SRAM’s Single Chainring

The trend in mountain and cyclocross is to drop your extra chainrings and your front derailleur to run a 1x system. The hope is that removing the front derailleur will increase reliability and decrease weight. And, frankly, it looks pretty sharp.

1x drivetrains used to require a chain guide to keep the chain on the chainring. Clutched rear derailleurs, like Shimano’s Shadow Plus and SRAM’s Type 2, keep tension on the chain to decrease chain dropping.

But, the narrow wide chainring is the final piece of the puzzle to reliably keeping the chain on without requiring a chain guide. Narrow wide is pretty descriptive – teeth of the chainring alternate between having a narrow width and a wide width. The wide teeth grip the links of the chain to hold the chain on the chainring.

After SRAM’s introduction of the XX1 mtb drivetrain, several manufacturers introduced their own narrow wides – for example, RaceFace and Wolf Tooth.

On October 21 and October 28, 2014, SRAM was awarded US design patents D715,699 and D716,191, respectively. Both design patents are drawn to narrow wide chainrings.

From D715,699:

619-2

619 4

619 5 and 6

From D716,191:

191 1

191 2

191 3 and 4

It is important to remember that it is the solid lines in the figures that define the covered, patented subject matter.

Application: 29/471, 384
Application Status: Patented – D715,699, Issued October 21, 2014
Assignee: SRAM, LLC
Related Applications: Continuation of US 13/311,735 (under final rejection)

Application: 29/473, 643
Application Status: Patented – D716,191, Issued October 28, 2014
Assignee: SRAM, LLC
Related Applications: Continuation of US 13/787,276 (under non-final rejection), which is a continuation-in-part of US 13/311,735 (under final rejection)

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Clement’s LAS Tread Design Patent

In January, the UCI announced that CrossVegas will be the first Cyclocross World Cup race for the 2015-2016 series.

With a fast, dry course, Clement’s LAS tire will be a likely choice for many riders. The LAS, named after the airport code for Las Vegas and in honor of CrossVegas, has a fast, file tread center and shoulder knobs reminiscent of Clement’s other offerings.

Clement describes the design of the LAS:

It’s unique nail-file tread is short and fine at the center of the tire and gets progressively taller and coarser as it approaches the shoulder knobs.

Screen shot 2015-02-17 at 5.00.22 PM

Image Source: Clement

You can see the size of the file treads increases from the center to the shoulders.

US Design Patent D675,976 appears to be drawn to the tread pattern of the LAS.

Screen shot 2015-02-17 at 5.10.31 PM

Screen shot 2015-02-17 at 5.10.58 PM

The increasing size of the file tread leading up to the shoulder knobs should provide solid and predictable traction for corners and off-camber sections.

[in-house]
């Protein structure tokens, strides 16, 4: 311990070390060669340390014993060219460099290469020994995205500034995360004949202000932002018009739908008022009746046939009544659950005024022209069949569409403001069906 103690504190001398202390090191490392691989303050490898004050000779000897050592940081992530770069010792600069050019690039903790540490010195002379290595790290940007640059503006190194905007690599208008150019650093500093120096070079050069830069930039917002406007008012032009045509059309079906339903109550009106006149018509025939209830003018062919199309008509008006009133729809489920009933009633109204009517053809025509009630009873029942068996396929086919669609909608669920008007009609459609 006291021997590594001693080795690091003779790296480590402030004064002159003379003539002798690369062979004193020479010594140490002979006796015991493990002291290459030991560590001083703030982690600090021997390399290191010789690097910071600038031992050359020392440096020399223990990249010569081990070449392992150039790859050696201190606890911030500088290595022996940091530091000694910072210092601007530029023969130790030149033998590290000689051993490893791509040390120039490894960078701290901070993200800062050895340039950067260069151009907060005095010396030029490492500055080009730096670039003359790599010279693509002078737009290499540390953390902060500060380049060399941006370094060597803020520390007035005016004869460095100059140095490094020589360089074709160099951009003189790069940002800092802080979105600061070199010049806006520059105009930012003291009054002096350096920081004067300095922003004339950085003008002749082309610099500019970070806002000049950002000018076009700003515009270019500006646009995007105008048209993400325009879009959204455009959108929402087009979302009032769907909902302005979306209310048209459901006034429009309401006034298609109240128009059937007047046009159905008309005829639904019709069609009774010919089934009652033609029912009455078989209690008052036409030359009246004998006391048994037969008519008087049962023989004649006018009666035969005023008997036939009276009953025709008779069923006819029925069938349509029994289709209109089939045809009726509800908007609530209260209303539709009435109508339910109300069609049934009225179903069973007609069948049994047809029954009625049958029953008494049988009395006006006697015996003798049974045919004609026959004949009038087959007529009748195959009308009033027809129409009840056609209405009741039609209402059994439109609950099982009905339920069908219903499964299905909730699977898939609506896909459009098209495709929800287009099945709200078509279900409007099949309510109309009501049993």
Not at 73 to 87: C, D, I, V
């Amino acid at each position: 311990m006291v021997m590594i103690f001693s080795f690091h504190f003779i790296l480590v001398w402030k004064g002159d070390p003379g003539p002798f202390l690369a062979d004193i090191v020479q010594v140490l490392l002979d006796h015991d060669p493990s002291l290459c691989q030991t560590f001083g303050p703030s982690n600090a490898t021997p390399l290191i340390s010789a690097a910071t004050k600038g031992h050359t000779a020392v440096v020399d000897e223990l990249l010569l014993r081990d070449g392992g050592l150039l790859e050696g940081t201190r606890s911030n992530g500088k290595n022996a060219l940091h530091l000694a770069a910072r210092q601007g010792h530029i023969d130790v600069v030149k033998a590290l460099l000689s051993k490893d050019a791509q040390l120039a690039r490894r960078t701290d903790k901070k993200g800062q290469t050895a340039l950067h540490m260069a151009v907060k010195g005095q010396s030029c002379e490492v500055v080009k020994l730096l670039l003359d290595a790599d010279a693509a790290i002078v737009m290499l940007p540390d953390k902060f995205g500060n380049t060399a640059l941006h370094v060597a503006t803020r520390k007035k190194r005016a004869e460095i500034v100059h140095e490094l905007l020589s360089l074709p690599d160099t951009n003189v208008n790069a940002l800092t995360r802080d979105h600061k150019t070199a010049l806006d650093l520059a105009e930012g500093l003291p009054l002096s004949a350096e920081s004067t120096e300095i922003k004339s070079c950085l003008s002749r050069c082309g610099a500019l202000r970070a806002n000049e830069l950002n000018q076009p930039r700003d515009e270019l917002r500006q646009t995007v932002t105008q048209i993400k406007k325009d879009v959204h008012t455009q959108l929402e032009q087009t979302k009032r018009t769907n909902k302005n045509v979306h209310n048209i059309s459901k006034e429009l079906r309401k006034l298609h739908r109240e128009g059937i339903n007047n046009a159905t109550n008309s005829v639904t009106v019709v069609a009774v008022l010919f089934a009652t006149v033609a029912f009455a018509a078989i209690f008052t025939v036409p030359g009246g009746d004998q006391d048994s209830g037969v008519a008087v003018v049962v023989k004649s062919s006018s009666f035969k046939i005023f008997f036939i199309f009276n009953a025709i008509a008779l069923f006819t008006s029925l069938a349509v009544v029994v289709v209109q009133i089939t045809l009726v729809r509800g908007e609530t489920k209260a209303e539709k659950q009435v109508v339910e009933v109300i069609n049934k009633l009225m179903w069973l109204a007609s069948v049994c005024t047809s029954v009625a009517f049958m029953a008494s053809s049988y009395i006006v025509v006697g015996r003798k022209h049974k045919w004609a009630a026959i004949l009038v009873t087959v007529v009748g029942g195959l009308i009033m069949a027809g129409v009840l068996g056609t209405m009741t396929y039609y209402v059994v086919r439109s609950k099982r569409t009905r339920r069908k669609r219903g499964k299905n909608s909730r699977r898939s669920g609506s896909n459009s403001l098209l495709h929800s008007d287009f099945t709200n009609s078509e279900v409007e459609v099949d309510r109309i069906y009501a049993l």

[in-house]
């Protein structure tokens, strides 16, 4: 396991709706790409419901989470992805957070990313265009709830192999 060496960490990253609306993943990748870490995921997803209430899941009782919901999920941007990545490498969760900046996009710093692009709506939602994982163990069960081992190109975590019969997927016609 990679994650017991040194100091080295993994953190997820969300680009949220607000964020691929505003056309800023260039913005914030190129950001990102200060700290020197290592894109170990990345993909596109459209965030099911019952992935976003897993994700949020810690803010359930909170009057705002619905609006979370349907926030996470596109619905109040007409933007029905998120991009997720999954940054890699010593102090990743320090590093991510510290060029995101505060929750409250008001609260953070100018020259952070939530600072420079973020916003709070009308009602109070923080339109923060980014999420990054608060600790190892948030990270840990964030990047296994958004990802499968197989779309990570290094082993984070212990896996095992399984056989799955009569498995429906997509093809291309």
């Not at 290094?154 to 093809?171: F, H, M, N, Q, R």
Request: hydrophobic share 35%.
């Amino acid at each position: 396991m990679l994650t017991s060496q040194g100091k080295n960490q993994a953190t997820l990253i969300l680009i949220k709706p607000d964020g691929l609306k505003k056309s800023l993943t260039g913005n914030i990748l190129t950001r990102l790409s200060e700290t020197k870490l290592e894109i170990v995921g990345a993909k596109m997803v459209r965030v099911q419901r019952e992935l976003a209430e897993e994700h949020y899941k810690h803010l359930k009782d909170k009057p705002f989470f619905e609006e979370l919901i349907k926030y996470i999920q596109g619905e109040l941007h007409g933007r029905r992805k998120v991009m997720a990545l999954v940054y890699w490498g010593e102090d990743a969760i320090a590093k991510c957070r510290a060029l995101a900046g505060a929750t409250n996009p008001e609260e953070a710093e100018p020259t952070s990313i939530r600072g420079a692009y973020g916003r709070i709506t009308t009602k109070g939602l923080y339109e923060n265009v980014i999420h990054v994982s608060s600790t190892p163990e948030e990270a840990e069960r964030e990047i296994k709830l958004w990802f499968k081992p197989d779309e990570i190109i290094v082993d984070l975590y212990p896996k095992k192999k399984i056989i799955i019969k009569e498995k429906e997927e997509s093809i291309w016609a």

Application: US 29/401,315
Application Status: Issued on February 12, 2013, as US D675,976
Assignee: Donnelly Sports, LLC
Related Patents/Applications: N/A

Trek’s Externally-Geared, Belt-Driven Mountain Bike

Conventional wisdom in the belt drive arena tells us that belt drive is only for single speed setups, and an internally geared hub or a gearbox is needed to change gear ratios.

Not so according to Trek. Trek is pursing a US patent application that shows a hardtail mountain bike with both belt drive and a rear derailleur. In March of 2012, Trek was issued a US design patent drawn to the chainring for this implementation.

Screen shot 2015-02-04 at 1.36.59 PM

One or both of the crankset and wheel hub cogs can include more than one cog having different circumferential sizes so as to alter the mechanical advantage provided between the pedals and the driven hub. … It is envisioned that, when provided in a multiple geared format, bicycle 30 be equipped with a front and/or a rear derailleur assembly to facilitate the manual lateral manipulation of the flexible drive member 80 in effectuating shifting of the gearing arrangement of bicycle 30 such that flexible drive member 80 cooperate with one of cogs 120200, or 300 as desired.”

In other words, Trek envisions belt-driven bikes to have both front and rear derailleurs.

Here’s a portion of Trek’s belt drive cassette:

Screen shot 2015-02-04 at 1.39.39 PM

In the cross-section of the cassette, you can see that the belt 80 is engaged in the largest cog and moveable to the right as indicated by arrow 434.

And, here’s a better look at the design of the cogs:

Screen shot 2015-02-04 at 1.43.50 PM

Screen shot 2015-02-04 at 1.43.22 PM

Looks like belt drive may be finding more applications soon.

Application: US 12/985,166
Application Status: Final Rejection – Early Response Due February 12, 2015
Assignee: Trek Bicycle Corp. (original assignee)
Related Patents/Applications: D655,225 (issued March 6, 2012)